One north side woman says she paid a contractor thousands of dollars to remodel her kitchen and bathroom. But what began as her dream plan turned into a financial and emotional nightmare.
Jancelynne Jackson's home is currently under renovation, and the chaos inside was understandable Â four months ago.
"There are inconveniences,Â says Jackson, Âbut months of inconvenience for a project that's supposed to be done in two to three weeks?Â
On May 4th, Jackson hired Vickers General Contractor to do some remodeling. The owner, David Vickers, quoted a price of $17,000 dollars. For that, Jackson, a single mother, was promised a new bathroom and a new kitchen, appliances included.
Jackson says Vickers told her the job would be done in three weeks, and she agreed to pay about 57 hundred dollars up front.
Then, two days later, something seemed wrong. Jackson says Vickers asked for another payment within 48 hours.
ÂHe's said it's a demo payment."
Jackson wrote him the second check, hoping to prevent any delays. But her attempt was unsuccessful.
After the second payment, Jackson says, "he stopped showing up."
The project that should have been completed in three weeks, was not close to being finished at the three week mark. Jackson says the delay forced her and her 18-year old daughter to move out of the house because there was no working toilet or a place to cook.
Jackson concedes that crews came back and did some of the work, but not all of the work. Still, she gave Vickers the final payment, hoping to finally move home.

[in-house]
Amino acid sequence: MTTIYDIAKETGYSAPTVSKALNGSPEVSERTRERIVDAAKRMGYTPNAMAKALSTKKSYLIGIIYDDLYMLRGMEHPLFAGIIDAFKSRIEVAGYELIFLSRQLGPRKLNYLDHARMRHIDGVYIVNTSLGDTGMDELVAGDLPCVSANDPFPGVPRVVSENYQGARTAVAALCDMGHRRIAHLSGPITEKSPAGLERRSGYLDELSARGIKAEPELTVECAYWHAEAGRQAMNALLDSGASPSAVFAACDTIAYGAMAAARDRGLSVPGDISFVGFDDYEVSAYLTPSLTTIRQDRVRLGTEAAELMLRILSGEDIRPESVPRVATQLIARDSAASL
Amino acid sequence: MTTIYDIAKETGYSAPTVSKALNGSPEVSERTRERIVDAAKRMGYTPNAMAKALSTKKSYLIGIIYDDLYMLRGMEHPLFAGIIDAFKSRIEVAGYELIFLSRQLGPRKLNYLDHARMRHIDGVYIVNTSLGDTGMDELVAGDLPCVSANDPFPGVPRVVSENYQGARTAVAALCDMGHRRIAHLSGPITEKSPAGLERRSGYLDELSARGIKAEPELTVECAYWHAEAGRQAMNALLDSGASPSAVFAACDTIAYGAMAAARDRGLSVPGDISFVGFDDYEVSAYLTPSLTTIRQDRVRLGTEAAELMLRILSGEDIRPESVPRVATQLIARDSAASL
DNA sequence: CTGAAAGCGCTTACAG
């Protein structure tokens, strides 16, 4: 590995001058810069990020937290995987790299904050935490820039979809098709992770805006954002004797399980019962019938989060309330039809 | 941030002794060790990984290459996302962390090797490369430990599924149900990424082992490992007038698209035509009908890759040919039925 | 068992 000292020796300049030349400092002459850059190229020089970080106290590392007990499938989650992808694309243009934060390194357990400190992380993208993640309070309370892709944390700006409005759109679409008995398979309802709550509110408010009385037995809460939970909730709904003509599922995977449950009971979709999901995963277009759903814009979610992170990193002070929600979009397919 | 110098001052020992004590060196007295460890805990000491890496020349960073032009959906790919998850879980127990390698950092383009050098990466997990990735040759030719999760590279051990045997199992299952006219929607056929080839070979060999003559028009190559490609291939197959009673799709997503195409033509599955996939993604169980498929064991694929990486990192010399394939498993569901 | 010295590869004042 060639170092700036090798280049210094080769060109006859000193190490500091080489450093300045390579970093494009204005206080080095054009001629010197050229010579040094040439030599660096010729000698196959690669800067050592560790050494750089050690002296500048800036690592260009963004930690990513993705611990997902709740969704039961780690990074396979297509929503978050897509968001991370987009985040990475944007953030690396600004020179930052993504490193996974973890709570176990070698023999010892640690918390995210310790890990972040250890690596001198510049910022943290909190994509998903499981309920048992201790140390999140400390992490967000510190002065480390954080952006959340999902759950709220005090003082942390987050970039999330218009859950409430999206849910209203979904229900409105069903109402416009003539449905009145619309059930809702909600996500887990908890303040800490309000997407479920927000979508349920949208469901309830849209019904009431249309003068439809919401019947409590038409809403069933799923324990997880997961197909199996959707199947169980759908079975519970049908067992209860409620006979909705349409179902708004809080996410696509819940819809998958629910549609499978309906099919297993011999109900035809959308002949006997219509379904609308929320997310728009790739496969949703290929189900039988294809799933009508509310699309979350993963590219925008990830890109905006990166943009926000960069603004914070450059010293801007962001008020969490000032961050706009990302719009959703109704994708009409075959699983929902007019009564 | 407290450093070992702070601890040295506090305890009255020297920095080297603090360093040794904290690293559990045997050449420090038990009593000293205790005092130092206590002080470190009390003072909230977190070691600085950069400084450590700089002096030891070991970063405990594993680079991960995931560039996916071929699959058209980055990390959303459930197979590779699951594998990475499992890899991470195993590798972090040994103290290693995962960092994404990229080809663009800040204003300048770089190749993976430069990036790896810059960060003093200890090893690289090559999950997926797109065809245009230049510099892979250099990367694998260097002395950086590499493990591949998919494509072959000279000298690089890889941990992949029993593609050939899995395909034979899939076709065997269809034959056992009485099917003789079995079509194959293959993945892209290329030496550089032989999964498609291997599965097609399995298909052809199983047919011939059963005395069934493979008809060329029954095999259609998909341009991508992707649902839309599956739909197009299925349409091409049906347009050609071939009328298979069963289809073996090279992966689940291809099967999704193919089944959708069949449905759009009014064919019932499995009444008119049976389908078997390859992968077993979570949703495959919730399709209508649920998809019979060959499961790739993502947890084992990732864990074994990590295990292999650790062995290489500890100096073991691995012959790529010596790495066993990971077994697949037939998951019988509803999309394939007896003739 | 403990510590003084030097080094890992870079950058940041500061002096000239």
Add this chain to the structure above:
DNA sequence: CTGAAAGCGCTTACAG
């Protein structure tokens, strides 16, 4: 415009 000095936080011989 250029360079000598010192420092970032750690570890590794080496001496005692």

"I was desperate, I was frustrated.Â
She moved back in on July 29th, the day the new toilet was installed. But still, she was not happy with the progress of the project.
She says the carpeting was accidentally pulled up and not replaced. There was supposed to be a frameless shower, recessed lighting, new windows in the bathroom and kitchen Â and new appliances. All of these things, Jackson says, were not done; and that was just for starters.
"I have an uneven floor,Â she says, Âand with the floor not level, the toilet leans forward."
Tom Stephens with the Better Business Bureau says that this is not the first time Vickers has received complaints.
"We had processed nineteen complaints against Vickers in the last three years,Â he says. ÂTen of those happened in the last twelve months."
The BBB says eight of those complaints are still unresolved, and in 3 of those cases, the company never responded to BureauÂs requests for an explanation.
On top of that, according to the Florida Department of Business and Professional Regulation, VickersÂ current contractors license is on probation. At one time, it was even suspended.
That might slow down business for some contractors, but not Vickers. He is also applying to be a certified air conditioning contractor so he can do even more work in North East Florida.
Even more surprising are results turned up by the Building Code Enforcement who started its own investigation into the contractor. Investigators found out that Vickers didn't have the permits to do work on JacksonÂs house.
They also found that Vickers needed a building permit for some work he did to the bathroom floors from under the house. All of these totaled three violations.
David Vickers responded to the situation saying this was the first time he'd ever been confronted about any of his work, and was surprised to hear that Jackson wasn't a happy customer.
"I'm very pleased with the renovation, I think it turned out nice," he said. "Her expectations are sky high, and there's no way to meet them.Â
He also said that Jackson got exactly what she paid for.
"You know the old saying, champagne taste with a beer pocketbook.Â
While Vickers admitted he was on probation he denied that his license was ever suspended.
Right now, Code Enforcement says there are complaints against Vickers on 41 projects in Jacksonville alone.
Now, the city won't allow him to pull any new permits until the complaints are resolved. So how does he still have a contractorÂs license?
Code Enforcement says it doesn't have the power to yank it. That is the state's responsibility.
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